How mass-produced telescopes brought astronomy to the masses

In the 1960s and ’70s, two new types of telescope made astronomy a more accessible hobby.

In the early days of astronomy, any budding stargazer had one huge hurdle to overcome: getting a telescope.

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For centuries, the only way to acquire one was to either buy an expensive, hand-made model from a master telescope maker, or spend hours laboriously grinding lenses or mirrors to make your own.

It was the latter approach Tom Johnson took when he introduced his sons to stargazing in America in the late 1950s.

DIY Astronomy:

Tom Johnson Celestron
Celestron founder Tom Johnson with a 14-inch version of his SCT line. Credit: Celestron

As he worked on the project, Johnson became more and more convinced there was an easier way to make telescopes.

Just like Sir Isaac Newton, he was using easy-to-craft spherical mirrors, but using a Schmidt corrector plate to remove the spherical aberrations.

Invented by Bernhard Schmidt in 1930, this was a glass plate positioned across the opening of the telescope tube, adjusting the incoming light so that it focused properly, even on a spherical mirror.

Johnson found a way to mass-produce these plates. By the early 1960s he had his own telescope company, Celestron (part of Valor Electronics), and began creating high-quality yet affordable telescopes for the mass market.

In 1970, Celestron created what would become its flagship telescope, the C8.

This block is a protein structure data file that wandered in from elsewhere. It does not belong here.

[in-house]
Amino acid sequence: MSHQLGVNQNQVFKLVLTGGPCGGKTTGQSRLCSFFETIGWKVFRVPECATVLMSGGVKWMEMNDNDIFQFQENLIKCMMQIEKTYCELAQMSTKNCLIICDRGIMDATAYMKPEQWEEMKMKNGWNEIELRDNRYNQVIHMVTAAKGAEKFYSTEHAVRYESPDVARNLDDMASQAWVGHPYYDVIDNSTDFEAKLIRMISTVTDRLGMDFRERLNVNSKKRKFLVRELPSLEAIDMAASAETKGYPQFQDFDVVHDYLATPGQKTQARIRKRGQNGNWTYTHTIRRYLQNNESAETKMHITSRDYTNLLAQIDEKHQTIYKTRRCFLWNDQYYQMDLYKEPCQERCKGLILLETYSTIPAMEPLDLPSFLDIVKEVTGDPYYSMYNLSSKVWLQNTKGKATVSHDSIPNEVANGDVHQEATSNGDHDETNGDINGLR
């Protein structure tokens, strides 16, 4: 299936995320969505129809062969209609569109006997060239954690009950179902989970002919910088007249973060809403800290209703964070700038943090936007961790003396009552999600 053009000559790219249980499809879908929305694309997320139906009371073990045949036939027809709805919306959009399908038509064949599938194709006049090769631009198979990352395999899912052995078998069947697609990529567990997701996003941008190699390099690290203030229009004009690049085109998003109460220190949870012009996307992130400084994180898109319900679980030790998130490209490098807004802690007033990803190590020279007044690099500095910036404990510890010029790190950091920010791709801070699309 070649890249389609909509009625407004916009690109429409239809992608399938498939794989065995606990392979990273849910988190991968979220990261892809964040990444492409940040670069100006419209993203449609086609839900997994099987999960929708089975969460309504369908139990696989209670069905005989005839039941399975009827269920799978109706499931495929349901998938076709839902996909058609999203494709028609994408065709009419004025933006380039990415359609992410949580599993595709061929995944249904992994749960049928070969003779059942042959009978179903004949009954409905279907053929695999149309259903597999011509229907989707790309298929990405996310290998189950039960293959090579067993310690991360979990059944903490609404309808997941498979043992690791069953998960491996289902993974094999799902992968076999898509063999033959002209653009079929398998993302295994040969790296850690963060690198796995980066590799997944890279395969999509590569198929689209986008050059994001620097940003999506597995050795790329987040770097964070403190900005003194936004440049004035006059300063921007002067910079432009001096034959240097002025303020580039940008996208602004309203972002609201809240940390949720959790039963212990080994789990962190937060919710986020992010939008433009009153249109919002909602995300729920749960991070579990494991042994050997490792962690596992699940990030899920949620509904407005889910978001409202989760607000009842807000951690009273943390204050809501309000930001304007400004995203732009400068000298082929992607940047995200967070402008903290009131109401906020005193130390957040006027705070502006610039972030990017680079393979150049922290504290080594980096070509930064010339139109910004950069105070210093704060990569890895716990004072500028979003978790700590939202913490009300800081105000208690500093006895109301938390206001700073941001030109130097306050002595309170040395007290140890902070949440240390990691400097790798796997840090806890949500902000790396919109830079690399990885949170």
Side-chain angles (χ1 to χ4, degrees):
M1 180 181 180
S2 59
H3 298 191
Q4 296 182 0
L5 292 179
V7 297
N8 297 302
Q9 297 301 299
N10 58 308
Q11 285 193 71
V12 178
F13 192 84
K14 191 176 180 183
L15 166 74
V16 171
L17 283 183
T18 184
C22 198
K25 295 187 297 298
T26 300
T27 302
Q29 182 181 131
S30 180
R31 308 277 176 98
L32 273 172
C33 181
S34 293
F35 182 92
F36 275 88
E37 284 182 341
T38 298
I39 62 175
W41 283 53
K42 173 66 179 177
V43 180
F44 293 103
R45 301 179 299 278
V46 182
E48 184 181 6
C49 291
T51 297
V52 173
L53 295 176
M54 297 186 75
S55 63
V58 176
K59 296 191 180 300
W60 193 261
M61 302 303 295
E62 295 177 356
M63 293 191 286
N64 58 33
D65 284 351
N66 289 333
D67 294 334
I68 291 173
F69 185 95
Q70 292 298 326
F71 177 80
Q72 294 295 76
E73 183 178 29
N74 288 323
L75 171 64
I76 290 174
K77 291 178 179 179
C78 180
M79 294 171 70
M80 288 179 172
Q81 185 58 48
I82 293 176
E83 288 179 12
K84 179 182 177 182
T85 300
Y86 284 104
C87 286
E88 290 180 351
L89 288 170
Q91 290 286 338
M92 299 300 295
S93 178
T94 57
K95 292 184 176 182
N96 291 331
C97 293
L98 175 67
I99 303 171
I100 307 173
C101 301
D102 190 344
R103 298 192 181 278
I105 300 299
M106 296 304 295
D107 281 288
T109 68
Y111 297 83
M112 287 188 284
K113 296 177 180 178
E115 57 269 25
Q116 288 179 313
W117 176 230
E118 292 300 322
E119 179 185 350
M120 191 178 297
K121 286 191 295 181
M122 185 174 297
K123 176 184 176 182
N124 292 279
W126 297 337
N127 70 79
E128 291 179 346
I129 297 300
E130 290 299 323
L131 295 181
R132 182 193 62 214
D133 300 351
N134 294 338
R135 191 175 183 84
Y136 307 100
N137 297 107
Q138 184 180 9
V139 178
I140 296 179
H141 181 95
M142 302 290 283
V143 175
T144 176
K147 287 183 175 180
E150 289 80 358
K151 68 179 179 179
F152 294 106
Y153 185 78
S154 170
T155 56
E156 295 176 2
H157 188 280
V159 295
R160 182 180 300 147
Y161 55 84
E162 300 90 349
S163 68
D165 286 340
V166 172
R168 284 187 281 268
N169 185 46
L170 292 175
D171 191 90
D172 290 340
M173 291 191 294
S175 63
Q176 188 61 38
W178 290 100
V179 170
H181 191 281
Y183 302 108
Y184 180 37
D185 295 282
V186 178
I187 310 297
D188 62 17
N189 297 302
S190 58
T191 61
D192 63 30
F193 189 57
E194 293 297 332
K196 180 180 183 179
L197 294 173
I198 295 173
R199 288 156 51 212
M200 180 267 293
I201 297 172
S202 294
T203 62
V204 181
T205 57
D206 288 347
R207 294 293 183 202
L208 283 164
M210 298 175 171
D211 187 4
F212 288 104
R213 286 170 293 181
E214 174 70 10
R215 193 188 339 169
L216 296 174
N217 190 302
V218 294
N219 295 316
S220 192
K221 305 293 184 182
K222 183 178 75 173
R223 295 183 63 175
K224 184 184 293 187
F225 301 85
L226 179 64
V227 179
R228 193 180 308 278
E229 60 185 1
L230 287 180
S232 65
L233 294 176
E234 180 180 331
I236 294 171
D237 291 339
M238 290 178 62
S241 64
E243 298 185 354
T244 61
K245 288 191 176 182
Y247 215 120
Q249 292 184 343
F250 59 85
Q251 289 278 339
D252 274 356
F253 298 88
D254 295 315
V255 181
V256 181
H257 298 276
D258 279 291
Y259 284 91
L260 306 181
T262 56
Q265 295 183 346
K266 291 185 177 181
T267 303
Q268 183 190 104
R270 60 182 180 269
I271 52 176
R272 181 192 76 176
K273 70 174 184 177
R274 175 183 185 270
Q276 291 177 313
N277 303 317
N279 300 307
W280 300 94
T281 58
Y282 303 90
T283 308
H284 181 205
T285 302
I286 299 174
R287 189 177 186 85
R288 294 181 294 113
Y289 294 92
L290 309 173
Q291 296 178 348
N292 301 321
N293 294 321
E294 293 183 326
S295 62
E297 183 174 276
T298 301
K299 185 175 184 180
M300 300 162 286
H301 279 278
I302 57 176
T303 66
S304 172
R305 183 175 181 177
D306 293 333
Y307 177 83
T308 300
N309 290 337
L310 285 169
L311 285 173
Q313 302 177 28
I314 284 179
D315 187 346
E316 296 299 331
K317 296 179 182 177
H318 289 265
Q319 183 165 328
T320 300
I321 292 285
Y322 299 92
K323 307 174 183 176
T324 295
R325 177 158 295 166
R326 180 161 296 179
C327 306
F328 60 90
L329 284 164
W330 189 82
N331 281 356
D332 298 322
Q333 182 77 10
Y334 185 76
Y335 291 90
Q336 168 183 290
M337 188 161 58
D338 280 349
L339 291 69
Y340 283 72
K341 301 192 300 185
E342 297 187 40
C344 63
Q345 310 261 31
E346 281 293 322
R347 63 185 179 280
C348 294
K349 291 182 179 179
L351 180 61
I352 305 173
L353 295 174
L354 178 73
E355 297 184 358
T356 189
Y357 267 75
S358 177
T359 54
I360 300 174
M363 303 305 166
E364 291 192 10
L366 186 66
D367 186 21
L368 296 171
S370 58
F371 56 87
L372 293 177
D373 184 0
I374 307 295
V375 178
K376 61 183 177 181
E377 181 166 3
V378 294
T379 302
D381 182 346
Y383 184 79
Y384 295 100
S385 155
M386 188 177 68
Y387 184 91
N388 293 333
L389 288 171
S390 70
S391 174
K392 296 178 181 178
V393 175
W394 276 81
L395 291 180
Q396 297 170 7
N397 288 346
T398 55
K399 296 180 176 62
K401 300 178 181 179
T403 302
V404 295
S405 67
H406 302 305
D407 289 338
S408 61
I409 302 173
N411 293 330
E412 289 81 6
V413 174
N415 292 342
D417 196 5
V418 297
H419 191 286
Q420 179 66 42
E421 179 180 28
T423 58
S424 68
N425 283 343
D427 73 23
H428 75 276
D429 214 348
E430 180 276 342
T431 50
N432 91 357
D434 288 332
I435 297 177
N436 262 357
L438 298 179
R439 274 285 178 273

The 8-inch telescope hit a sweet spot – it was large enough to view deep-sky objects, but not so big as to be unwieldy and expensive. With its distinctive orange barrel it was a huge success.

Celestron’s CGEM II 800 EdgeHD
Celestron’s CGEM II 800 EdgeHD

Yet the C8 still came with a fairly hefty $1,000 price tag (approximately $7,000, or £5,050, in today’s money) that was beyond the range of many would-be astronomers.

Thankfully for the more budget-conscious, another astronomer, John Dobson, had been working on making it easier to build your own telescope.

His design reduced the instrument down to its most basic elements – the optics, a truss to hold them and a simple swing mount like those used on cannons for centuries.

Dobson used affordable porthole glass along with other cheap materials to create large amateur telescopes, which, while not offering as high-quality views as commercially built telescopes, cost a fraction of the price.

John Dobson pictured during a sidewalk astronomy session using a Dobsonian telescope in Haight-Ashbury, San Francisco, 1989. Photo by © Roger Ressmeyer/CORBIS/VCG via Getty Images
John Dobson pictured during a sidewalk astronomy session using a Dobsonian telescope in Haight-Ashbury, San Francisco, 1989. Photo by © Roger Ressmeyer/CORBIS/VCG via Getty Images

He encouraged people around the world to copy his design and today ‘Dobsonian’ telescopes are a common sight at any star party.

The C8 and the Dobsonian helped to bring the stars within reach of the masses.

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This article originally appeared in the September 2021 issue of BBC Sky at Night Magazine.